Letter to the editor: Wrong approach on surprise bills


Federal COVID-19 relief efforts have helped many small businesses survive, but our health-care workers remain hard hit. In April, more than 1.4 million lost their jobs. While many health-care workers have been on the front lines in the fight against the pandemic, many other doctors and nurses have struggled to make ends meet. Elective procedures and treatments have been postponed and canceled, drying up revenue.

Now, Congress is threatening to hit our doctors and nurses with a financial double whammy: some proponents of government-run health care propose to “fix” a real problem — surprise medical bills, which can be financially devastating when a patient unknowingly obtains care out-of-network — with price controls (rate-fixing) on medical providers.

Congress needs to say no. Surprise medical billing is a real problem, but rate-fixing is no way to fix the problem.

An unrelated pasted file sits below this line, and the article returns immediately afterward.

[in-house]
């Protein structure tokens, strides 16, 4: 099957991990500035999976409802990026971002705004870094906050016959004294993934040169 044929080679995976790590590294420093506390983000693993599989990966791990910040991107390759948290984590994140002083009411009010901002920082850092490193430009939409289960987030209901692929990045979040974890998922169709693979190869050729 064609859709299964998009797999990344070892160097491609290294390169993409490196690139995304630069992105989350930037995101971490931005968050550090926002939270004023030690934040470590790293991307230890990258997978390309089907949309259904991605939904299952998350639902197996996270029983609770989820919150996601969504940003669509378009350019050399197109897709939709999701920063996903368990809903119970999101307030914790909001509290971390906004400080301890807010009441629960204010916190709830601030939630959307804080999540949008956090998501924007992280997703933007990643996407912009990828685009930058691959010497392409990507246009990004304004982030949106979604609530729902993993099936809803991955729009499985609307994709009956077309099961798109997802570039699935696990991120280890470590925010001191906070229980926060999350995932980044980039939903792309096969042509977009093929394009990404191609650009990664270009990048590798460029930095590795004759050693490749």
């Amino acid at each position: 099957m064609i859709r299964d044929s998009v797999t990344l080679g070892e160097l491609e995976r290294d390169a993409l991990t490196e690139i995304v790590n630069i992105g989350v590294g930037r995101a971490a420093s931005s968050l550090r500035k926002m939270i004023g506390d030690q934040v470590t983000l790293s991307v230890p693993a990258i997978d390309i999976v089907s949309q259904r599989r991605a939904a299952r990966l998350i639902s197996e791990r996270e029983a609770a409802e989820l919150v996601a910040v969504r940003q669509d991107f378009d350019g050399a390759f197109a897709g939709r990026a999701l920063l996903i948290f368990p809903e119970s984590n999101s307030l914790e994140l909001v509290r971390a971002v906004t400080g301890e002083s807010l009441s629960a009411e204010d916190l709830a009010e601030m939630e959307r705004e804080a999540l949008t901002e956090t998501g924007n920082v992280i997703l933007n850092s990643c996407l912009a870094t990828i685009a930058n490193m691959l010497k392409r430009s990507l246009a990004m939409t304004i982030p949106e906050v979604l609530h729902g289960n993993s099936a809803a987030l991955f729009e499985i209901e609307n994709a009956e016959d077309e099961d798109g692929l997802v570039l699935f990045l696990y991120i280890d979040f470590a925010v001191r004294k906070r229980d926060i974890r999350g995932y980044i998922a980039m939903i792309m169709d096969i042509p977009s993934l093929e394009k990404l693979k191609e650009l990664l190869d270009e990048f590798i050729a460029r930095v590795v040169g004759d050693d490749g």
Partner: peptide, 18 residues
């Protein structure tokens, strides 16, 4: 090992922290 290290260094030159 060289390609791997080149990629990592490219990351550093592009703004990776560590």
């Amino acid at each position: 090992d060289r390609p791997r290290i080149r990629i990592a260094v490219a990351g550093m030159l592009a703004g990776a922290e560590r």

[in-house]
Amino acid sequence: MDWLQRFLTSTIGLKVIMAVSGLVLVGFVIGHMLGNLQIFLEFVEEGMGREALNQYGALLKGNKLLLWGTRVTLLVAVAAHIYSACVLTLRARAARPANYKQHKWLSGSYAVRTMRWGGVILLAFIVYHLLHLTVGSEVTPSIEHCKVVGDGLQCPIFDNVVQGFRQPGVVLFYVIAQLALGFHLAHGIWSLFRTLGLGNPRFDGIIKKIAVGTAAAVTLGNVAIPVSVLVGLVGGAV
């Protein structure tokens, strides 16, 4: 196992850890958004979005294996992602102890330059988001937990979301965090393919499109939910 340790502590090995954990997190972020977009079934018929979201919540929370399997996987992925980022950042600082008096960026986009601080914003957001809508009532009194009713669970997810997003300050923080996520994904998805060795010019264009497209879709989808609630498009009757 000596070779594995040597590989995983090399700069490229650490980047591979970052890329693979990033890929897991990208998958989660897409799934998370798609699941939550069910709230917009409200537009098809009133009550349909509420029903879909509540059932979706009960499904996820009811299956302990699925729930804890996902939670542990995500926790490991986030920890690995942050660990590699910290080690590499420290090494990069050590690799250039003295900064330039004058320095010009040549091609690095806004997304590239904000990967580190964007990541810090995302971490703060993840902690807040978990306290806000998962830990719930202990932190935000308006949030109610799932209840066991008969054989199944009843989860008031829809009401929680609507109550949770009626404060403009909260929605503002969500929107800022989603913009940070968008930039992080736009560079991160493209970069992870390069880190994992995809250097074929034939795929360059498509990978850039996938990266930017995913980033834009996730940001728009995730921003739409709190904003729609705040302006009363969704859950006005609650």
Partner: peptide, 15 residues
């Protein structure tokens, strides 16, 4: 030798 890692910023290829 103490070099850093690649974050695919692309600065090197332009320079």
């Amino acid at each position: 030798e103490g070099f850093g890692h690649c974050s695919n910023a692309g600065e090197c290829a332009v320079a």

Rate-fixing forces medical providers to perform treatments and procedures at arbitrary prices set by bureaucrats, typically well below market rates. It’s big government at its worst. Alternatives exist. Several states have successfully experimented with independent dispute resolution, a form of arbitration, as a fix for surprise billings.

Rate-fixing is always bad economics, but it is particularly injurious at a time when our health-care workers most deserve our support and when many of them are struggling to keep their operations afloat.

Colorado’s congressional delegation, particularly Sens. Michael Bennet and Cory Gardner, should lead the way toward a market-oriented solution to the surprise medical billing problem.

Renee Anderson

Highlands Ranch


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